Around 8pm our local time last night, I saw a facebook notification about the Geminids Meteor Shower.
I was never interested with Meteor Showers just because I know I won’t be able to see them due to my location. I’ve never heard about people here in the Maldives, talking about Meteor Showers. I usually read about meteor shower sightings somewhere in the US or Australia or in Scandinavia. However, for some reasons, last night, I checked with Mr. Google whether this meteor shower will be visible in the Maldives and Mr. Google said yes, around 12am local time.
I sent a group message about this info from Mr. Google and though the friends showed a little interest, no plan was made.
I was already half asleep, watching korean drama, when the friends decided to go to the bar. They wanted to have drinks but there was no mention of the Geminids.
The group met at the bar around 10pm. I had chamomile tea, one had milk shake and the rest, cola with some special ingredients.
At around 10:30pm we started seeing ‘shooting stars.’ One in ten to fifteen minutes. Someone suggested to get my camera and try to do long exposure shots but the thought of wasting my time trying something I really don’t know how to do and missing the shooting stars didn’t make me lift my ass off my seat.
The bar closed at 11pm. Some wanted to go home already. But for some reasons, everyone stayed. We moved to the beach and lied down on the soft, cold sand. We listened to the waves. We shivered at the cold breeze. We looked at the sky. We admired the darkness and how it brought beauty to the sky. For without the darkness, who will notice the stars? We tried to figure out which one is the Northern Star, though no one really figured out. We pointed our fingers to shooting stars. We laughed at our stupid wishes every time a shooting star appears and disappears. I wished to be a wonder woman. Someone wished to have a portal gun. I wished to have a Ferrari while someone wished to have a burger, and a chili chicken and a submarine (a type of long sandwich). We wished that someone wouldn’t fall asleep on the beach. We wished that someone will stop smoking soon. Someone wished for happiness. We wished him happiness too.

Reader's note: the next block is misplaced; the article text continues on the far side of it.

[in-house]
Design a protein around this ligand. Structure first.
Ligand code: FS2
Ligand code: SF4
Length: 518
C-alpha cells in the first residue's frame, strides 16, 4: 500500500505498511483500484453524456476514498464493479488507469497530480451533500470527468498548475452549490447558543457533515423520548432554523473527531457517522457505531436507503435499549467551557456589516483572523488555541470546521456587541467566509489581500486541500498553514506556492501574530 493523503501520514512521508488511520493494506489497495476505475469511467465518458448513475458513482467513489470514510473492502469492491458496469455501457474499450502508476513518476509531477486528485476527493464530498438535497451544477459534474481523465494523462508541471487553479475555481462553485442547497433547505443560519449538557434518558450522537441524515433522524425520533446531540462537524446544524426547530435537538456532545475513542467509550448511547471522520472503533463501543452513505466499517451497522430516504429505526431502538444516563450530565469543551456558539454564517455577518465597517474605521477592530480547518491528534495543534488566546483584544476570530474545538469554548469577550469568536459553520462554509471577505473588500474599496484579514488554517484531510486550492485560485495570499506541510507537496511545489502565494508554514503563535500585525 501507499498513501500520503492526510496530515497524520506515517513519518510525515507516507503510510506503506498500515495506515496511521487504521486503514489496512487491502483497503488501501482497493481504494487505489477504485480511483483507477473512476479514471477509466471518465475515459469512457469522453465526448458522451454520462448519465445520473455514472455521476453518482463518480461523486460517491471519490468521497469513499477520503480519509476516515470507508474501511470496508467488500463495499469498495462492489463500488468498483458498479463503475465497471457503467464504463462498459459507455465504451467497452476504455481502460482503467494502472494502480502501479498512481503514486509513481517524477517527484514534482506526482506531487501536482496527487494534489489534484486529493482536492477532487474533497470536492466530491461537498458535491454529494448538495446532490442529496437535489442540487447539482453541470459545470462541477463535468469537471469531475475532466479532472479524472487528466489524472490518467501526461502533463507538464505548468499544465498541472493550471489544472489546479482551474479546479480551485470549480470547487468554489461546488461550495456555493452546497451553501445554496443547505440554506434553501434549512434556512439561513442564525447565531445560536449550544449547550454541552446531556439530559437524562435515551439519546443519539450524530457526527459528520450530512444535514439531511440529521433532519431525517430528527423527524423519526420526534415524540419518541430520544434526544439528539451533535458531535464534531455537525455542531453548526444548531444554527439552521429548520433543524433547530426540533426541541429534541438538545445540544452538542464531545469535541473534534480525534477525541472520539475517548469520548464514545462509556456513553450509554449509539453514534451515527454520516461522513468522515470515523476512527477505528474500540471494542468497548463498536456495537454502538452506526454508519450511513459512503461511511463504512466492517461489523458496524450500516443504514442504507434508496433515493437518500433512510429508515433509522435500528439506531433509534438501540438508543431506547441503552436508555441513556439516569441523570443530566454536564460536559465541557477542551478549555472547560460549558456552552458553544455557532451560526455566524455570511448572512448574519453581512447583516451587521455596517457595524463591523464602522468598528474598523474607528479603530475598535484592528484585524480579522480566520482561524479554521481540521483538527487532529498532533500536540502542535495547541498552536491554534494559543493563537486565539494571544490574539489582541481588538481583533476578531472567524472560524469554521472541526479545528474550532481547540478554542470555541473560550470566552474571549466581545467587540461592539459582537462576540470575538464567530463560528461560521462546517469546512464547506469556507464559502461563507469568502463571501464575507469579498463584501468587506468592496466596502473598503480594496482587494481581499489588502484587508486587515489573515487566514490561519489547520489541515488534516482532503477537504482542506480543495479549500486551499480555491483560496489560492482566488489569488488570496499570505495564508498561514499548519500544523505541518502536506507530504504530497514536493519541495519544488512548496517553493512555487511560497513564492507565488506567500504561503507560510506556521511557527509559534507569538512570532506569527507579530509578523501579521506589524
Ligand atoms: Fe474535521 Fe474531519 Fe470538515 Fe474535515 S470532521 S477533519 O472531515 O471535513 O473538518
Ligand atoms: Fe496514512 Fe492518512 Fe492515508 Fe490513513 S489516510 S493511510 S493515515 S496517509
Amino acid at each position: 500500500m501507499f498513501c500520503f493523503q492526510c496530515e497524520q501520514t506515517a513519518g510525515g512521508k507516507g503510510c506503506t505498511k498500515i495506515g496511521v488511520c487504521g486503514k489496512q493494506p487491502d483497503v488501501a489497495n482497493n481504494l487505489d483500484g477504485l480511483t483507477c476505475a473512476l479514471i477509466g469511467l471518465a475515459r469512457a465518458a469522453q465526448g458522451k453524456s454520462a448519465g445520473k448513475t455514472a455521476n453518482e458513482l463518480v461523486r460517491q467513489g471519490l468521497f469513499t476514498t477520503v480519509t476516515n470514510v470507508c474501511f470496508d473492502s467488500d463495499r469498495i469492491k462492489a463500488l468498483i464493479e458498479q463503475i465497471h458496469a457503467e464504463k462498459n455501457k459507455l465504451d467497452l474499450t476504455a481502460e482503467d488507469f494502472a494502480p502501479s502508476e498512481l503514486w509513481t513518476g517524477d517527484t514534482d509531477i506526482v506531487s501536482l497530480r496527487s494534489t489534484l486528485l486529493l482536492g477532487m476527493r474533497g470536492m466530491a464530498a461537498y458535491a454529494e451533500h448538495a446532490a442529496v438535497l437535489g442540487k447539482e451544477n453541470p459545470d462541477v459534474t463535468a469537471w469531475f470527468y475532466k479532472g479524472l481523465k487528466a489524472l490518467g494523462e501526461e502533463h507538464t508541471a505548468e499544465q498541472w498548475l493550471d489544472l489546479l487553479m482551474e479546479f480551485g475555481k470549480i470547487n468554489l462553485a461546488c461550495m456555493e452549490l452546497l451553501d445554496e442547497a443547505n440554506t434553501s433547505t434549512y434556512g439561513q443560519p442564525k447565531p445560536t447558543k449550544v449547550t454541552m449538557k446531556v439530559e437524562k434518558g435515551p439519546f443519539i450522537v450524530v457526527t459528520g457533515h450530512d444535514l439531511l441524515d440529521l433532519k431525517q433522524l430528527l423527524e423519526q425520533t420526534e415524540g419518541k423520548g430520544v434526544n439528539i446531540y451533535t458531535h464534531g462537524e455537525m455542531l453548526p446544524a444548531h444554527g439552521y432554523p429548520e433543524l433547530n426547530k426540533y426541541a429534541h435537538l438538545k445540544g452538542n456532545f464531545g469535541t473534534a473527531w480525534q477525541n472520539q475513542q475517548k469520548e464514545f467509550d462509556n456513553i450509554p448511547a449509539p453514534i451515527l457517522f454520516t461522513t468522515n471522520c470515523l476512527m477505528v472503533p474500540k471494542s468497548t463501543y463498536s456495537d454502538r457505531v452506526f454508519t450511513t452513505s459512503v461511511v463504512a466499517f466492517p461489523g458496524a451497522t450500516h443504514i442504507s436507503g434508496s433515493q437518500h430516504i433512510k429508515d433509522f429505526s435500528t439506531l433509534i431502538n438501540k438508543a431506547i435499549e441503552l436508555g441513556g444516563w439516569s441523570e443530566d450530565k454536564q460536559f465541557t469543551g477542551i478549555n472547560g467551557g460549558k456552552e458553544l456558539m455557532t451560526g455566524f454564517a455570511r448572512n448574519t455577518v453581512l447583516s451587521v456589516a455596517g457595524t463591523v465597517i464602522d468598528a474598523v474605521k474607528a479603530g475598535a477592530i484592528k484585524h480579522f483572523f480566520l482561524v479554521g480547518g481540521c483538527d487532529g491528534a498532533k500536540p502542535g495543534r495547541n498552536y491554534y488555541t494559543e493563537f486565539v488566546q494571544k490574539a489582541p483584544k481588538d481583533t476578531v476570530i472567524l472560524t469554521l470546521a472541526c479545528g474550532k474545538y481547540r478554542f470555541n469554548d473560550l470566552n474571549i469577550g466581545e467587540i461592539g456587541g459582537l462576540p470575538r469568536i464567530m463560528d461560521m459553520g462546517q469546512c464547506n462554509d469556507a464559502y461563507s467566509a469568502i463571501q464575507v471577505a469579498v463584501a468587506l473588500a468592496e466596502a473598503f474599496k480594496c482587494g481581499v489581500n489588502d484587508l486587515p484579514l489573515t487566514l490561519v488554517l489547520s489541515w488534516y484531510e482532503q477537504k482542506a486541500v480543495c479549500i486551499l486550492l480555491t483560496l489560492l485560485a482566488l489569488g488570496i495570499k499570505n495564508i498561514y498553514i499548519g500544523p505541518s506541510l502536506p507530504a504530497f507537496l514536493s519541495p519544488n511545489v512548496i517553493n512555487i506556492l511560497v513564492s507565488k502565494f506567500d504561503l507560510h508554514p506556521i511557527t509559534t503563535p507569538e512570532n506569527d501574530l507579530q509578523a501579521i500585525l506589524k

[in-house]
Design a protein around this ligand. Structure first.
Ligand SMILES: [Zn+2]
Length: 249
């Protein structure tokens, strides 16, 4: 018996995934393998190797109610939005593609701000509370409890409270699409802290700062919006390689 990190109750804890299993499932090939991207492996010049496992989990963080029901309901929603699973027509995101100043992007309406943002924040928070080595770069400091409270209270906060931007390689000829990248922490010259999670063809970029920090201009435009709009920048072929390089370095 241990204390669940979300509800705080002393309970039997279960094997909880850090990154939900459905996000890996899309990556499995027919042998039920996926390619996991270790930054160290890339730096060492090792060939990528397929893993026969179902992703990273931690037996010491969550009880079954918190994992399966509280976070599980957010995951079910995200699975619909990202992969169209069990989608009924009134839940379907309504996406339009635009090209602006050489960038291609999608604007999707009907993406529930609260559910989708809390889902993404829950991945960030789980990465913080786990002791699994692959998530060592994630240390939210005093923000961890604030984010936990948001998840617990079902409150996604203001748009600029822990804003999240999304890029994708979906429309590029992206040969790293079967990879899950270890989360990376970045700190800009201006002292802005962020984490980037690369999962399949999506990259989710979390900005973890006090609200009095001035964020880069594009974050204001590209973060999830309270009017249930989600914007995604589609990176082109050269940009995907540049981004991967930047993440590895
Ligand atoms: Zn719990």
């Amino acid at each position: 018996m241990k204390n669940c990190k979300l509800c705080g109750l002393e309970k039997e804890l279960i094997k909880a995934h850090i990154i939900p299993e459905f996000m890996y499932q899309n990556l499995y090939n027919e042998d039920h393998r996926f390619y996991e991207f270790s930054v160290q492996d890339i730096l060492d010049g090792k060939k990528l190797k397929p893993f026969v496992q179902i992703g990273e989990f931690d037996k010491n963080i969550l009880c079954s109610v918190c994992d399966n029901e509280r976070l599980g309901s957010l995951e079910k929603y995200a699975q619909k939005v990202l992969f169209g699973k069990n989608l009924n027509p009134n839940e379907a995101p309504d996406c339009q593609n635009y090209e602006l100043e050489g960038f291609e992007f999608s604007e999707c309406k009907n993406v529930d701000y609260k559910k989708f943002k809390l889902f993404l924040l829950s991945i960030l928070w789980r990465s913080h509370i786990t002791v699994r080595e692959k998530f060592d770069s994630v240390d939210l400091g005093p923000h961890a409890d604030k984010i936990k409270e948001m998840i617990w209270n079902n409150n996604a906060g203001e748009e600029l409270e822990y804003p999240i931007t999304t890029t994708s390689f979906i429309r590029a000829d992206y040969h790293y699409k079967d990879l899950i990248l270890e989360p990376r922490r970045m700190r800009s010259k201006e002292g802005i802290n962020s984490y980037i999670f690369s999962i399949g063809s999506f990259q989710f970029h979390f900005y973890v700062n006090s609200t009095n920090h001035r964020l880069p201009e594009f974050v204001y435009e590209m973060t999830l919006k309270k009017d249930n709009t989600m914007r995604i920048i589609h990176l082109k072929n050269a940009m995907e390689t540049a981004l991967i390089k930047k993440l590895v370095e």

At 12am, the shooting stars appeared more frequently. There were 4 at a time, 3 consecutive stars in just a matter of seconds, there were small ones, there were big ones with visible trails.
All our wishes last night would probably just be in vain except for one. For that one wish came true in an instant for those five people who were lying on the beach in the darkness of the night. The stars granted their wish and gave them happiness, the greatest gift that the universe can give.
About the Geminids Meteor Shower
The Geminids are considered one of the best meteor showers every year because the individual meteors are bright, and the peak can see meteors stream across the sky at rates as high as 120 meteors an hour. Under light-polluted skies, fewer meteors will be visible.
The Geminid meteor shower is nearly 200 years old, according to known records — the first recorded observation was in 1833 from a riverboat on the Mississippi River — and is still going strong. In fact, it’s growing stronger. That’s because Jupiter’s gravity has tugged the stream of particles from the shower’s source, the asteroid 3200 Phaethon, closer to Earth over the centuries.
I kept seeing those 3 “connecting stars” last night but I didn’t know it was the Orion (or part of). My Science teachers will beat me know.
Source: of the info & images here.
Featured image: Old Farmers Almanac